Roy Doumani, a keen Los Angeles businessman, philanthropist and driving force behind bioscience innovation whose education nurtured a generation of entrepreneurs at UCLA, has died. He was 83.
Doumani died of heart failure at his Marina del Rey home shortly after midnight on March 10 following a long illness, his family announced.
The executive director of the Business of Science Center at UCLA and professor at UCLA’s David Geffen School of Medicine was the consummate L.A. businessman – whose lifelong ventures ranged from banking to real estate, from biotechnology to education, and to the arts.
He basked in the sheer glory of promoting business prospects for both his UCLA alma mater and for his students.
He also helped launch more than a dozen successful Los Angeles companies, from First Los Angeles Bank to Agensys Inc., a biotechnology firm which sold for $537 million, and Kite Pharma Inc., which sold in 2017 for nearly $12 billion.
“Roy Doumani was many things to many people,” said Kite founder Dr. Arie Belldegrun, founding chairman of Allogene Therapeutics Inc. and holder of the Roy and Carol Doumani Chair in Urologic Oncology at the David Geffen School of Medicine, in an email. “A mentor. A professor. An entrepreneur. A visionary. A friend. For me, he was all of that and more.”
Doumani was born Nov. 25, 1935 in Los Angeles to Peter and Lillian Abdun-nur Doumani, both immigrants from Lebanon.
He studied business and finance at UCLA, earned a law degree at USC, and served as a reserve officer and paratrooper in the U.S. Army.
His ongoing approach to life, the wiry man with the bristly mustache and goatee once said with a gleam, was innovation.
“I want to build things that make people live longer and healthier, and enjoy a better life,” Doumani told the Business Journal last year upon being named to its Business Hall of Fame.
He launched the UCLA Business of Science Center, and Westwood Technologies, to help turn prodigious campus research into billions. He helped launch the California NanoSystems Institute at UCLA to turn nanoparticles into the next technology.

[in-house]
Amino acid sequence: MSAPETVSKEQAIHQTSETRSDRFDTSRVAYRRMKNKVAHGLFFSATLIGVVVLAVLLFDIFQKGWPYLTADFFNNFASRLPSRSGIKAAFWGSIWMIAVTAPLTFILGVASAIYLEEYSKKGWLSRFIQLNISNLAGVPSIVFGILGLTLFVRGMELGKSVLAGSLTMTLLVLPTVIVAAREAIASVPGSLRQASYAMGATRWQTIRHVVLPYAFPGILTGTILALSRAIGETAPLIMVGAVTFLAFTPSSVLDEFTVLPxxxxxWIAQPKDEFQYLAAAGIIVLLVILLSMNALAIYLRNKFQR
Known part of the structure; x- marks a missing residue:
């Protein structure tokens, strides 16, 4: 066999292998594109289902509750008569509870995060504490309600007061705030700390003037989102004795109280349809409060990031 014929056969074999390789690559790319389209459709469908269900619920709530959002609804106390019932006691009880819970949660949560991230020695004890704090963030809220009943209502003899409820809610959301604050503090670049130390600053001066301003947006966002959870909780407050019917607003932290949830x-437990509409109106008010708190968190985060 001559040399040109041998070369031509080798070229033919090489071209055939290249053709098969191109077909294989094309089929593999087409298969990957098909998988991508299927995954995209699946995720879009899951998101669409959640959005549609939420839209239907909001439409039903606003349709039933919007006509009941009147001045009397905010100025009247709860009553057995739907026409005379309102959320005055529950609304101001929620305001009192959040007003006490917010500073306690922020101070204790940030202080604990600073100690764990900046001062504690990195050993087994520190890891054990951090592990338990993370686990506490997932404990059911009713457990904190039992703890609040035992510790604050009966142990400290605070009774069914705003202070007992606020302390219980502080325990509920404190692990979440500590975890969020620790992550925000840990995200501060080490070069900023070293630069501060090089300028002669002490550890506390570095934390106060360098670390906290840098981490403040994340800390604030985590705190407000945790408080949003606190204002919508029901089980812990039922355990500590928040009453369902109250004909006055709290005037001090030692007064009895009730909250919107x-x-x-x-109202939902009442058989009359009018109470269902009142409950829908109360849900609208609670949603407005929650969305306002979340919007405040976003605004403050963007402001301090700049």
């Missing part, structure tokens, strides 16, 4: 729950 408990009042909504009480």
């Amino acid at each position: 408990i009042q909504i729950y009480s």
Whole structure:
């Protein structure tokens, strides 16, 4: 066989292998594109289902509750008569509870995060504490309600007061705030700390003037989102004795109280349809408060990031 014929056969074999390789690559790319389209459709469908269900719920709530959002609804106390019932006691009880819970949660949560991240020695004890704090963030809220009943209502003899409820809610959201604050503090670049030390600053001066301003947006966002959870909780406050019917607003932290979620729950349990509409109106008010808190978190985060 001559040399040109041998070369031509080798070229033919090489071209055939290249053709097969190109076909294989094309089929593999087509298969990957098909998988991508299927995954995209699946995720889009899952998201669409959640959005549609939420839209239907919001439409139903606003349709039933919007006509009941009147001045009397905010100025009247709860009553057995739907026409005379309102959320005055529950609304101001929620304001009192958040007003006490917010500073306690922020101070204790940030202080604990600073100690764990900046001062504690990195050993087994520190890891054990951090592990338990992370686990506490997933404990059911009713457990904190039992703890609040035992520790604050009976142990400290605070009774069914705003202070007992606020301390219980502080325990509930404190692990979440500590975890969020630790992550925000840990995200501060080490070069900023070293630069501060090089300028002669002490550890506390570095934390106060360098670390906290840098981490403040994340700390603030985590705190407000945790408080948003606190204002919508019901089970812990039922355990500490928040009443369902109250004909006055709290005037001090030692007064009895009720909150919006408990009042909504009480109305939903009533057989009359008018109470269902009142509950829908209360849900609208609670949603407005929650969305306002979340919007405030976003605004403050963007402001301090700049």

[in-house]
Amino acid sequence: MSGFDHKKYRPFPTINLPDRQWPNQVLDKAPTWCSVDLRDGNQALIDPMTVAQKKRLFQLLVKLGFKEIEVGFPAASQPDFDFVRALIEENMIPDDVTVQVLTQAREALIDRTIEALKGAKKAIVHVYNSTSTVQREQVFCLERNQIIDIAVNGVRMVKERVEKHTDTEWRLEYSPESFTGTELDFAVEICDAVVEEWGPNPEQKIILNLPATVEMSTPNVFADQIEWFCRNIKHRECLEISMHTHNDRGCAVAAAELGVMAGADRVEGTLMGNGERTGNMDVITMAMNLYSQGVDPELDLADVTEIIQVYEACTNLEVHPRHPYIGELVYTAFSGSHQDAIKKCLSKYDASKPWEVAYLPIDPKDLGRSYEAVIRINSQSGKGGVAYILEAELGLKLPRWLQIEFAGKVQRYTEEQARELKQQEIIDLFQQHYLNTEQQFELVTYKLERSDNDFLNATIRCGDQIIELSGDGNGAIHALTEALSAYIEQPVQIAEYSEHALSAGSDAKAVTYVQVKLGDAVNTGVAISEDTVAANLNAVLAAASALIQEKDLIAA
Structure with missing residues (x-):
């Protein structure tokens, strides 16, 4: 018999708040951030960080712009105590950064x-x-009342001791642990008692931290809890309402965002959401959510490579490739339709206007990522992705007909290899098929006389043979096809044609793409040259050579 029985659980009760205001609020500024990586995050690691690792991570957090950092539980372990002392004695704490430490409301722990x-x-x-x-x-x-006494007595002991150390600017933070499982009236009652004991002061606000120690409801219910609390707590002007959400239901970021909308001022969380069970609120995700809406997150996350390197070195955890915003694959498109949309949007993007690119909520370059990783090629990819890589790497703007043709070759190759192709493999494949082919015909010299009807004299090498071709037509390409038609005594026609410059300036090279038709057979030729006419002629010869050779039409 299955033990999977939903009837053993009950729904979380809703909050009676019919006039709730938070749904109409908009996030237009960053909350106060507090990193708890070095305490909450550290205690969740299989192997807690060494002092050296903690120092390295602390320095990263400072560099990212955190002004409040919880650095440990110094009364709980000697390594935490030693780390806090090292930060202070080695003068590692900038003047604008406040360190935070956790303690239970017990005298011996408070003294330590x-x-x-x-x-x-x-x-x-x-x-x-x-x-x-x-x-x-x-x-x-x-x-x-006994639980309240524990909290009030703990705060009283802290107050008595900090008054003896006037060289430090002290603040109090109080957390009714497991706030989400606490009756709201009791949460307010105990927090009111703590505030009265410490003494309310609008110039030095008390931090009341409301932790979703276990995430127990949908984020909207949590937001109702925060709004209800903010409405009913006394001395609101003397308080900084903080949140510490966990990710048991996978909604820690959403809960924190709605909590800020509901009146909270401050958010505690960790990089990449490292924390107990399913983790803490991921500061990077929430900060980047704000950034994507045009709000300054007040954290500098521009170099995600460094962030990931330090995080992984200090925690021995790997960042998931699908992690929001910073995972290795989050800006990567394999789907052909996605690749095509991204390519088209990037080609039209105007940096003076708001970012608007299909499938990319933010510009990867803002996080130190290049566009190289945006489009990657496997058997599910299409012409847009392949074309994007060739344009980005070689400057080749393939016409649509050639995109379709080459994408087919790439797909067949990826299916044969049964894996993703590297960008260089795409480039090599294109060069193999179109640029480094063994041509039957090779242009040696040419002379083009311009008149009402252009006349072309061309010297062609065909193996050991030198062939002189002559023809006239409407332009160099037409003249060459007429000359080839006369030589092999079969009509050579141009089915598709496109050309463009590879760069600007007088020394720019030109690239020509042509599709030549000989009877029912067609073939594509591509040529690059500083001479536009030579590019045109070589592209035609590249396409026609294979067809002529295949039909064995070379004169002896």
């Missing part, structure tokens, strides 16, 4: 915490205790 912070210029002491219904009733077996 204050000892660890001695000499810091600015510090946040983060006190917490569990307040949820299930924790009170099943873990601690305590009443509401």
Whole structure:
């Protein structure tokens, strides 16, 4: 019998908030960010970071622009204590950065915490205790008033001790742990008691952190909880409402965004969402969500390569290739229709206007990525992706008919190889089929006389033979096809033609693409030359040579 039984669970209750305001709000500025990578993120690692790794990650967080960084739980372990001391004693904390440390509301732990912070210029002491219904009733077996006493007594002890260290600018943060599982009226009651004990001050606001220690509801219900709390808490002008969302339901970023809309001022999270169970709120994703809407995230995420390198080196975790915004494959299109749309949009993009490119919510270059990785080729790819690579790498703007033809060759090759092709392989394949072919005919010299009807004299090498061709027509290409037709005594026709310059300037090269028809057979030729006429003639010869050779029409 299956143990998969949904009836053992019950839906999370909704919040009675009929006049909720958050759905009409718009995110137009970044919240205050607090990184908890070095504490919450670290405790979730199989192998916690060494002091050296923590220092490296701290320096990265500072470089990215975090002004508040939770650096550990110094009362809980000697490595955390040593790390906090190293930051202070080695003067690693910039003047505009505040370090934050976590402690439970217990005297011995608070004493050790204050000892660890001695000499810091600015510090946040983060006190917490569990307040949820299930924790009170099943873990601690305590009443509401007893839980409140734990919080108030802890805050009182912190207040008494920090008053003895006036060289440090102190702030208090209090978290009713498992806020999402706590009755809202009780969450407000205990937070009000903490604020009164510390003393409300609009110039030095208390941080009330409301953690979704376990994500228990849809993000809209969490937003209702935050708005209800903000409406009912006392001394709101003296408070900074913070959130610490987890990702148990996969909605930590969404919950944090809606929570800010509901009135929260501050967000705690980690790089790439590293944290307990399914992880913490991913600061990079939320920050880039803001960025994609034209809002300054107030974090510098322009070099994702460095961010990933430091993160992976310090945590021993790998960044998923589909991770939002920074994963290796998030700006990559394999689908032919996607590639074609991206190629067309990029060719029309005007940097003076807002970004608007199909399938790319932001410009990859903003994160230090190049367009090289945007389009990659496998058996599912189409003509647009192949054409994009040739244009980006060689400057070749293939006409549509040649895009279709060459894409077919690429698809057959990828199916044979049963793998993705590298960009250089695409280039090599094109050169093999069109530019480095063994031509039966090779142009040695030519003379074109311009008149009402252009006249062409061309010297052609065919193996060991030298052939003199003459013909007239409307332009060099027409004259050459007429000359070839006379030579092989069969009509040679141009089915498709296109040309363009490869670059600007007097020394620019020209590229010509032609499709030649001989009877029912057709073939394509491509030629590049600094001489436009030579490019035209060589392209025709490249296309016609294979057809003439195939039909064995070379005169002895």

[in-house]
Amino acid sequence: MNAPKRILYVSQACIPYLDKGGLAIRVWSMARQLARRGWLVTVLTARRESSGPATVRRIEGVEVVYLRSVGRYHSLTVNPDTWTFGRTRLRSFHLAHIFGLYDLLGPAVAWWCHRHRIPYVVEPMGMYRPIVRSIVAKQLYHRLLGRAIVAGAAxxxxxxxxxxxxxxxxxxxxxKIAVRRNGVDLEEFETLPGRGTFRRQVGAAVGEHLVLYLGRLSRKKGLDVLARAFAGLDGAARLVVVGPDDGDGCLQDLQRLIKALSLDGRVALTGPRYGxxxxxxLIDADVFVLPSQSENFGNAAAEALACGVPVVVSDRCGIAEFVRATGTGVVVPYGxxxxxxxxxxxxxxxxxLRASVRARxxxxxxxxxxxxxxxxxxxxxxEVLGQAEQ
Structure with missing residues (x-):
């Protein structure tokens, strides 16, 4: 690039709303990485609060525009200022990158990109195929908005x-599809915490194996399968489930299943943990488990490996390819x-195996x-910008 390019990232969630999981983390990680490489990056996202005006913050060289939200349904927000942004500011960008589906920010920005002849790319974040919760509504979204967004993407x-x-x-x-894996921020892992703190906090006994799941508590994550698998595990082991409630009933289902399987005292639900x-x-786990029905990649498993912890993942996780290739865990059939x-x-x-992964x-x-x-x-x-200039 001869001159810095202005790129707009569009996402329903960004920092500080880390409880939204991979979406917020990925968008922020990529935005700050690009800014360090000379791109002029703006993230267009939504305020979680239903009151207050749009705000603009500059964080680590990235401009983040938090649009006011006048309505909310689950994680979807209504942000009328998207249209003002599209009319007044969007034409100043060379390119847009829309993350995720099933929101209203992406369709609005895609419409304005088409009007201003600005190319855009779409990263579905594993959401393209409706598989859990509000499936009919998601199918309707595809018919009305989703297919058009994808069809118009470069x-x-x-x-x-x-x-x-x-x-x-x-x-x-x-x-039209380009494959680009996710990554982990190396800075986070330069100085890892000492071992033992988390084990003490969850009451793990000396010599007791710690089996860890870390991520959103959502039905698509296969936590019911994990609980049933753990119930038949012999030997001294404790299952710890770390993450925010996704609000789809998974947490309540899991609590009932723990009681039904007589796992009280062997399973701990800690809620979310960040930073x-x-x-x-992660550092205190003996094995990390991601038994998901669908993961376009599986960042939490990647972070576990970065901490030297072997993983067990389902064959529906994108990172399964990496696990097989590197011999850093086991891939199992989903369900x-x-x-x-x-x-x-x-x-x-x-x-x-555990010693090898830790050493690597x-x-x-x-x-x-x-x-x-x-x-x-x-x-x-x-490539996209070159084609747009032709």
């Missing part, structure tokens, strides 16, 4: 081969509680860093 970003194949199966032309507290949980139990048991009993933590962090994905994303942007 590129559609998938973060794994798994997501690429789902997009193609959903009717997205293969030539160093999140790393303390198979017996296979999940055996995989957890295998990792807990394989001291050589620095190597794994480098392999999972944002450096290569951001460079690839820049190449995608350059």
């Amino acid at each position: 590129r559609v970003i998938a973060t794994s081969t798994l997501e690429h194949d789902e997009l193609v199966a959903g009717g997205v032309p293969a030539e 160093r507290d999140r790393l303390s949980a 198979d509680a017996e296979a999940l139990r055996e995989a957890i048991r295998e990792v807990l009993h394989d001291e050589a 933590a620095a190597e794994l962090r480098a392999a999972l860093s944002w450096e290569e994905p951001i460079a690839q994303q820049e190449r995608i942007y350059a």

Over the course of two decades, Doumani helped fund and create such UCLA spinoffs as Agensys, Kite, Neural Analytics Inc., Momentum Biosciences, Neucures Inc., Trethera Corp., Spinal Singularity, to name a few.
“He should always be remembered as one of Los Angeles’ biotech heroes,” said Ahmed Enany, chief executive of the Southern California Biomedical Council, a Los Angeles-based trade group.
A quiet but forceful driver of change, Doumani served on the UCLA Board of Governors and endowed two academic chairs. He also served on the board of the Norton Simon Museum, while donating art to museums across the nation.
He is survived by his wife, Carol; and three brothers, Carl, Michael and Peter Doumani. Per his wishes, no services are planned.
“While he made his home here, he cast a long and global shadow, teaching scientists how to become business entrepreneurs so people suffering from cancer all of the world might have hope for a future,” said Belldegrun, a family friend. “True to form, when he was once asked about those he helped in biotechnology, he said, ‘I hope I’ve helped them as much as they’ve helped me.’”
Health business reporter Dana Bartholomew can be reached at email@example.com. Follow him on Twitter @_DanaBart.
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